April is Rosacea Awareness Month which makes it a great time to learn more about this skin disease that affects more than 16 million Americans.
What is Rosacea?
Rosacea is a common skin condition that causes redness and visible blood vessels in the face. It may also produce small, red, pus-filled bumps. Symptoms may flare up for a period of weeks to months and then go away for a while.
Rosacea frequently begins as flushing or blushing easily and can expand to redness in the middle of the face. This redness may gradually spread beyond the nose and cheeks to the forehead and chin. It can even spread to the ears, chest and back.
The early signs of rosacea are somtimes ignored because people often think it is temporary. When it first develops, the redness tends to come and go. Many people may think it’s just flushing that lasts longer than normal and that the visible blood vessels are just an inevitable sign of aging.
Who is at Risk?
Fair-skinned adults between the ages of 30 and 50 may be at the greatest risk; however, people of all races and ethnic groups can develop rosacea. It affects men and women of any age, and even children.
Rosacea can be associated with menopause, and women are affected more often than men. Women approaching menopause may notice an extreme sensitivity to cosmetics and skin-care products, which can be symptoms of rosacea. Both men and women may notice that a particularly embarrassing or tense moment triggers flushing that lasts longer than normal.
While there is no cure for rosacea, dermatologists usually recommend a combination of topical creams, lotions, foams, washes, gels and pads that contain a topical retinoid or benzoyl peroxide. These treatments help prevent rosacea from progressing and/or reduce the acne-like breakouts, redness and the number of flare-ups. It usually takes three to four weeks to see improvement with more improvement occurring in about two months.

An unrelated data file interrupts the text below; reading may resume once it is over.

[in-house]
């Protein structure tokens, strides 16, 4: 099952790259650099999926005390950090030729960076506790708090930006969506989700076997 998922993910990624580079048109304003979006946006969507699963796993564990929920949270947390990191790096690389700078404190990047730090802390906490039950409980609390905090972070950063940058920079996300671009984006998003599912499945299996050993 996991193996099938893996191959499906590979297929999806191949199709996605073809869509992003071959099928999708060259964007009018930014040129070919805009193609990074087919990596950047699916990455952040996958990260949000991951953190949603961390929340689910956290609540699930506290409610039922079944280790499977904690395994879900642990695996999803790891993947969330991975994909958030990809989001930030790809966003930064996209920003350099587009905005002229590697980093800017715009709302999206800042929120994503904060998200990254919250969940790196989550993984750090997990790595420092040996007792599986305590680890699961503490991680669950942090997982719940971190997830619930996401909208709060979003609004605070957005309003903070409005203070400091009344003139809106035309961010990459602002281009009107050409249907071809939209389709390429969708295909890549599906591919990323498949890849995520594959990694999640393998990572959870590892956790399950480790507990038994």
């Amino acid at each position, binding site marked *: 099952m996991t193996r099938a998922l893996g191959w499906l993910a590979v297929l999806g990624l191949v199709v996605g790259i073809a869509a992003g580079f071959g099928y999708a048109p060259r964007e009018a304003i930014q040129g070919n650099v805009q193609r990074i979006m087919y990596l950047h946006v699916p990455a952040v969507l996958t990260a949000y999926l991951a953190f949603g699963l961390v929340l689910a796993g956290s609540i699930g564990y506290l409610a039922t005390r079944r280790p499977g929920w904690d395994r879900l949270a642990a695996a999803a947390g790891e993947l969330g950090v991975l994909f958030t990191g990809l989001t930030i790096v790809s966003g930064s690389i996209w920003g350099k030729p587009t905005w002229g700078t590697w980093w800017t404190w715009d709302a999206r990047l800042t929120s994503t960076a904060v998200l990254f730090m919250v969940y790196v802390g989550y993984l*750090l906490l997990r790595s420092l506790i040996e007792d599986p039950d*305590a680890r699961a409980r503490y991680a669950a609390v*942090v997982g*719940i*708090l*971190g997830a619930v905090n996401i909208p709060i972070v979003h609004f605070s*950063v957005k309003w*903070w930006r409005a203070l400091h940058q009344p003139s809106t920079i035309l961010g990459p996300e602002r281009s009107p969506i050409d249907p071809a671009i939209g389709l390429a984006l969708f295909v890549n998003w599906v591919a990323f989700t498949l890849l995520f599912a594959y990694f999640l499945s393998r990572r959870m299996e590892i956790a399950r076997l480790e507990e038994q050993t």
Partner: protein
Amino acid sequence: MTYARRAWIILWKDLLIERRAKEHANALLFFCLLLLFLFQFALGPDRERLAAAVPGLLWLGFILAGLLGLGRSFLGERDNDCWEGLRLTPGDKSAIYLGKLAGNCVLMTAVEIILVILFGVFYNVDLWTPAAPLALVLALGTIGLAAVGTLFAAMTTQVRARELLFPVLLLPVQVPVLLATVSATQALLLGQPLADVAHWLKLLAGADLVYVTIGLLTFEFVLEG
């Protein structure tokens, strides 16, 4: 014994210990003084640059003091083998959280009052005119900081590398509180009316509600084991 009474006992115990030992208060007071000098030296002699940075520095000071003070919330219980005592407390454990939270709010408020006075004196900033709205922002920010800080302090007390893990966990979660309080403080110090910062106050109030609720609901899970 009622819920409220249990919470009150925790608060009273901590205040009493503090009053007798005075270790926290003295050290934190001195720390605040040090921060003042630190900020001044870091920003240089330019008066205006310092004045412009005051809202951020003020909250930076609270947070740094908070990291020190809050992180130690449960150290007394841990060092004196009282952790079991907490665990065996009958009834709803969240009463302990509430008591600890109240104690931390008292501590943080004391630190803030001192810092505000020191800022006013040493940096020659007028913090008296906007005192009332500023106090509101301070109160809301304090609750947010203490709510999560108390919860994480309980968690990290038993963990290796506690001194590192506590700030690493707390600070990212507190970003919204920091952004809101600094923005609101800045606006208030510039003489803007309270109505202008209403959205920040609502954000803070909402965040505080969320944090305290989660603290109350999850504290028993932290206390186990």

Tips to Manage Rosacea
Many everyday things can trigger a rosacea flare-up. Dermatologists often recommend the following tips to help reduce the number of flare-ups a person may experience:
- Practice good sun protection. Sun exposure seems to be the most common trigger. Stay in the shade when possible, limit exposure to sunlight, wear protective clothing and use nonirritating broad-spectrum (offers protection from UVA and UVB rays) sunscreen with SPF 30 or higher. Reapply sunscreen every two hours.
- Avoid spicy foods, hot drinks, caffeine and alcoholic beverages.
- Protect your skin from extreme temperatures.Extreme hot or cold temperatures can exacerbate rosacea. If you exercise, you should do so in a cool environment and make sure you do not overheat. When outside, especially in the winter, protect your face from cold and wind with a nonirritating scarf or ski mask.
- Avoid rubbing, scrubbing or massaging the face.
- Avoid cosmetics and skin care products that contain alcohol or other irritating substances. When using hair spray, avoid contact with facial skin.
- Keep track of flare-ups.Write down what foods, products, activities, medications, etc. that cause your rosacea to flare-up. This can help you identify your triggers.
Don’t try to self-diagnosis or deal with rosacea yourself with over-the-counter treatments. Some over-the-counter treatments can make your rosacea worse. And, the longer you wait to see a doctor, the more difficult rosacea can be to treat. So, if you think you have rosacea or are experiencing any of the symptoms above, schedule an appointment with your Water’s Edge Dermatology provider today. Click here to Request an Appointment or call 877.533.8214.